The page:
The latest Gallup poll shows that 68% of Americans support cannabis legalization. Further, the rate of positive cannabis test results has jumped in the last decade. And according to recent news reports, some large employers have stopped testing job applicants for cannabis. As a result, other employers may be pondering whether to change their approach to an increasingly popular drug that is legal for medicinal or recreational use in most states. However, the decision may not be so easy. Here, we outline a variety of issues that might aid relevant stakeholders in weighing the practical and legal risks before making this important decision.

States have been passing medical and recreational cannabis laws at an increasing pace. Years ago, when states first stepped foot in this arena, the laws and some courts interpreting them allowed employers wide latitude in enforcing their drug-free workplace policies, such as in California and Colorado. But then courts in Connecticut and Massachusetts, for instance, issued game-changing decisions, holding either that the federal Controlled Substances Act (CSA) and state law do not conflict because the CSA does not prohibit employment of illegal drug users or that employers may have a duty to accommodate medical cannabis users under a state disability discrimination law. Since then, more states have been enacting new laws and courts are issuing new decisions that arguably make it more difficult for employers to enforce their drug-free workplace policies, especially if they have a large geographic footprint. Indeed, as we reported here, in 2021 alone, a few states passed cannabis laws with clear employment protections not yet seen in prior laws, most notably in New Jersey and New York.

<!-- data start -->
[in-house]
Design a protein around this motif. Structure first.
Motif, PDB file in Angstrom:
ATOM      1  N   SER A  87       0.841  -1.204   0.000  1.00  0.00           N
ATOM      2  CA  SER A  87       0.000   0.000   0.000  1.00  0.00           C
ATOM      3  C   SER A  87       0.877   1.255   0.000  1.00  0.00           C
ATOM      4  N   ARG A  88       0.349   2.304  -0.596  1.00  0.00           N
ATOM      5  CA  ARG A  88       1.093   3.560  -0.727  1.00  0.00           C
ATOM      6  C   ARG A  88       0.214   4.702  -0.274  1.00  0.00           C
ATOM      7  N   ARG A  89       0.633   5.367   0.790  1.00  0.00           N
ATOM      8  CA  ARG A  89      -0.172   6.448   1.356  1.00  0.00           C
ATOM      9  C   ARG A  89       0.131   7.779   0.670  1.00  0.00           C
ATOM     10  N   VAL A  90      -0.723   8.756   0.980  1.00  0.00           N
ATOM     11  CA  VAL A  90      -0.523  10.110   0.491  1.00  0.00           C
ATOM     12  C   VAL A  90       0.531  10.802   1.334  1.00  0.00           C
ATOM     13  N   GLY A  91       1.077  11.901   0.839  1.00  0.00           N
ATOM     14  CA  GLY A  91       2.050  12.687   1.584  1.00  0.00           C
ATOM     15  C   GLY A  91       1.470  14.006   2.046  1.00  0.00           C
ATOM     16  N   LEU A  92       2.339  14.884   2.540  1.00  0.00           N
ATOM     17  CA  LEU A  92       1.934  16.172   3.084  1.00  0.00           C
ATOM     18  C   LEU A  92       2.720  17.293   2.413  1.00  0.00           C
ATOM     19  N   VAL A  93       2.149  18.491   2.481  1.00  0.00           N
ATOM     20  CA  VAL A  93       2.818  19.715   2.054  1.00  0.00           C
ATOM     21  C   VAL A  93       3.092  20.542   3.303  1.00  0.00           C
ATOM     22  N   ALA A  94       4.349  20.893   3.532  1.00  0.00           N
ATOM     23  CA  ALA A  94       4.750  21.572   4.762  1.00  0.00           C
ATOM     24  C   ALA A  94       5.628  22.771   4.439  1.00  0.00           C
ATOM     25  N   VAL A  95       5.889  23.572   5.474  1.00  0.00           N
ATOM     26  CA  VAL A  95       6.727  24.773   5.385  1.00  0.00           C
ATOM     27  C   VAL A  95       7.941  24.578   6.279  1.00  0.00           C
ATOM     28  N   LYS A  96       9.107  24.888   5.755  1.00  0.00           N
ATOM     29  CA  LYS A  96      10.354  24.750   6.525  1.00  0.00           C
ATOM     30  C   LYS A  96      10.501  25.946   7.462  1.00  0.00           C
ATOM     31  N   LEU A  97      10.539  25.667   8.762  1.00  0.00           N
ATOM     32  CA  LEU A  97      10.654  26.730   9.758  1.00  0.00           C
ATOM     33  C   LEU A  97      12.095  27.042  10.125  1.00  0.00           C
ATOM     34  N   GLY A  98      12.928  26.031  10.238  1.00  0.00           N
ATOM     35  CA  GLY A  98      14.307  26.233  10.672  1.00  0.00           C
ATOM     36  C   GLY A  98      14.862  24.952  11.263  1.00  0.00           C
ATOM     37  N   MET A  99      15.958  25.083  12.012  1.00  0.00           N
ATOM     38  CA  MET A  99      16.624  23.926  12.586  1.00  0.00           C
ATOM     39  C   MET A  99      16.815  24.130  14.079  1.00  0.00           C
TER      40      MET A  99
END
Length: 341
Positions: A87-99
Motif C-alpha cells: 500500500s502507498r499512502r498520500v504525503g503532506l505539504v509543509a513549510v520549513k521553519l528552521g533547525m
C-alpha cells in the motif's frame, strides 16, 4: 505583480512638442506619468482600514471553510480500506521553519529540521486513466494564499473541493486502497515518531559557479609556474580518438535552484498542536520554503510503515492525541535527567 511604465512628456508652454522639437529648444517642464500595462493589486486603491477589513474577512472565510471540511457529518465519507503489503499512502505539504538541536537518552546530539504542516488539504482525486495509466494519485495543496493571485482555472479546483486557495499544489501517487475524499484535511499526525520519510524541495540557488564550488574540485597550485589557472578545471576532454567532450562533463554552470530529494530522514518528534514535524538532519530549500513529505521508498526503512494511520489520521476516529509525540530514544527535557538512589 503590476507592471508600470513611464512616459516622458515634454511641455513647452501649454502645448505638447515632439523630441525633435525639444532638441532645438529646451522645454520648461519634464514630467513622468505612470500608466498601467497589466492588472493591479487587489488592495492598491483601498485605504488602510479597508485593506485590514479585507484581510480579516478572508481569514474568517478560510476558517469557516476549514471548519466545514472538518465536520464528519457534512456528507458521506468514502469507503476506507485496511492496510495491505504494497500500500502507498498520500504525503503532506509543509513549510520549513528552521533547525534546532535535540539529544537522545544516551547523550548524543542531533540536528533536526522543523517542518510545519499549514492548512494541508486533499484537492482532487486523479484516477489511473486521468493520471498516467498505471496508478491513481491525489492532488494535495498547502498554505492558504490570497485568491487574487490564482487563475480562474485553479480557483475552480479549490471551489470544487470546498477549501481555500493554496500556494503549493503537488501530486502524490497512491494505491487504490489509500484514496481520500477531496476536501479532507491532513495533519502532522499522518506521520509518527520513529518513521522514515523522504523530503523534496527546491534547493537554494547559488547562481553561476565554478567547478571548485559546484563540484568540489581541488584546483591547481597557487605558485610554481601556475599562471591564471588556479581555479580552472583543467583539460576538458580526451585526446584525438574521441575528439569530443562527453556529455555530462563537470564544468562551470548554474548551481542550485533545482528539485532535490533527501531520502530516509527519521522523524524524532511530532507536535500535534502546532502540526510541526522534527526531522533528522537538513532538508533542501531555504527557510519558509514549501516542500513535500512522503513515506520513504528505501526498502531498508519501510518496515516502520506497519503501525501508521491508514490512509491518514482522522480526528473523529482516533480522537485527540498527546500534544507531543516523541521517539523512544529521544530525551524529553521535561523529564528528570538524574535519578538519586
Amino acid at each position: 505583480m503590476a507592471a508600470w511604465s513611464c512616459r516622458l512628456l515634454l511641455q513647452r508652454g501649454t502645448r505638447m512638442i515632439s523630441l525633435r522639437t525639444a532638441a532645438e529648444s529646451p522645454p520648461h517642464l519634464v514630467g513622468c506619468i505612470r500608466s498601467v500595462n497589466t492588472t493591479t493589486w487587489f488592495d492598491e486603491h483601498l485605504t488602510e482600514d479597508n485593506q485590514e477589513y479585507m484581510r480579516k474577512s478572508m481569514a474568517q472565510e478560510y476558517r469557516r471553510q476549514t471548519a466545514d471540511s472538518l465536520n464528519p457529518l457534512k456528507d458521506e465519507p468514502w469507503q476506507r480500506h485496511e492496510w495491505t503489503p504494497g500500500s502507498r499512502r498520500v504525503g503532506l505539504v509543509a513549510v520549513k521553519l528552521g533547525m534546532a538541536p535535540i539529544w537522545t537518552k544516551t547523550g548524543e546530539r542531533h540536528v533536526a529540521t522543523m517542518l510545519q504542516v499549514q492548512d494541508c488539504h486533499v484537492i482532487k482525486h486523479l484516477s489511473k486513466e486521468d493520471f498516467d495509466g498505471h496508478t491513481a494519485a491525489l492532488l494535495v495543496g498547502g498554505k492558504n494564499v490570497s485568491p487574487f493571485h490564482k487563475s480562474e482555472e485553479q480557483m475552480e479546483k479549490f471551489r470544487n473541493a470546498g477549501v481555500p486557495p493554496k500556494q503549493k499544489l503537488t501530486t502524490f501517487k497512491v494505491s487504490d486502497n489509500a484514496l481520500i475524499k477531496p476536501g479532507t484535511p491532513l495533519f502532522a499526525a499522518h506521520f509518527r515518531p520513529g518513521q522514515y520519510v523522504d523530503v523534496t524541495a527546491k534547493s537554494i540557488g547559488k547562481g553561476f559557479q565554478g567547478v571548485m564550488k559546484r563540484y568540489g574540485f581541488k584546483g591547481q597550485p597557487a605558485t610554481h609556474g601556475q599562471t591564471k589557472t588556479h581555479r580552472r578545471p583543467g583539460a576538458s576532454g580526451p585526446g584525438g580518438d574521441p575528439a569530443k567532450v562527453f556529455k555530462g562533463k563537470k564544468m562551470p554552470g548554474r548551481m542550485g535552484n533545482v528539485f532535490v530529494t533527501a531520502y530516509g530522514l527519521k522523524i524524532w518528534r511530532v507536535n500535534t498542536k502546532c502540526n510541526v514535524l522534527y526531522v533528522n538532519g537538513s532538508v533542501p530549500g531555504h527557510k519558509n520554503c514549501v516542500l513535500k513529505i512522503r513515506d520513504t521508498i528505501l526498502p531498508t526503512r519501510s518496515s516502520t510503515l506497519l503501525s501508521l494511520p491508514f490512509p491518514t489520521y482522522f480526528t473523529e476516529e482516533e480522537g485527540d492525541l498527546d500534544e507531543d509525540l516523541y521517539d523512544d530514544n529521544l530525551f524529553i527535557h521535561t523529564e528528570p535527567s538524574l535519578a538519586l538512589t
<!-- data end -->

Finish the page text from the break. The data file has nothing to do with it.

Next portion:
Employers are now asking whether they should forego cannabis tests altogether. Here are some issues for employers and their stakeholders to consider:

Conclusion

This rapidly evolving legal landscape presents new challenges for employers, especially multi-state employers. Employers must balance several competing issues, including complying with conflicting federal, state, and local laws, maintaining a safe work environment, protecting applicants’ and employees’ privacy and other legal rights, and attracting and retaining quality talent. Employers considering discontinuing cannabis testing should work with experienced counsel to discuss and weigh the various considerations discussed above. Employers also should review their workplace drug testing policies to be sure they comply with existing and soon to be effective state and local laws.

Source: Seyfarth Shaw LLP – Jennifer L. Mora

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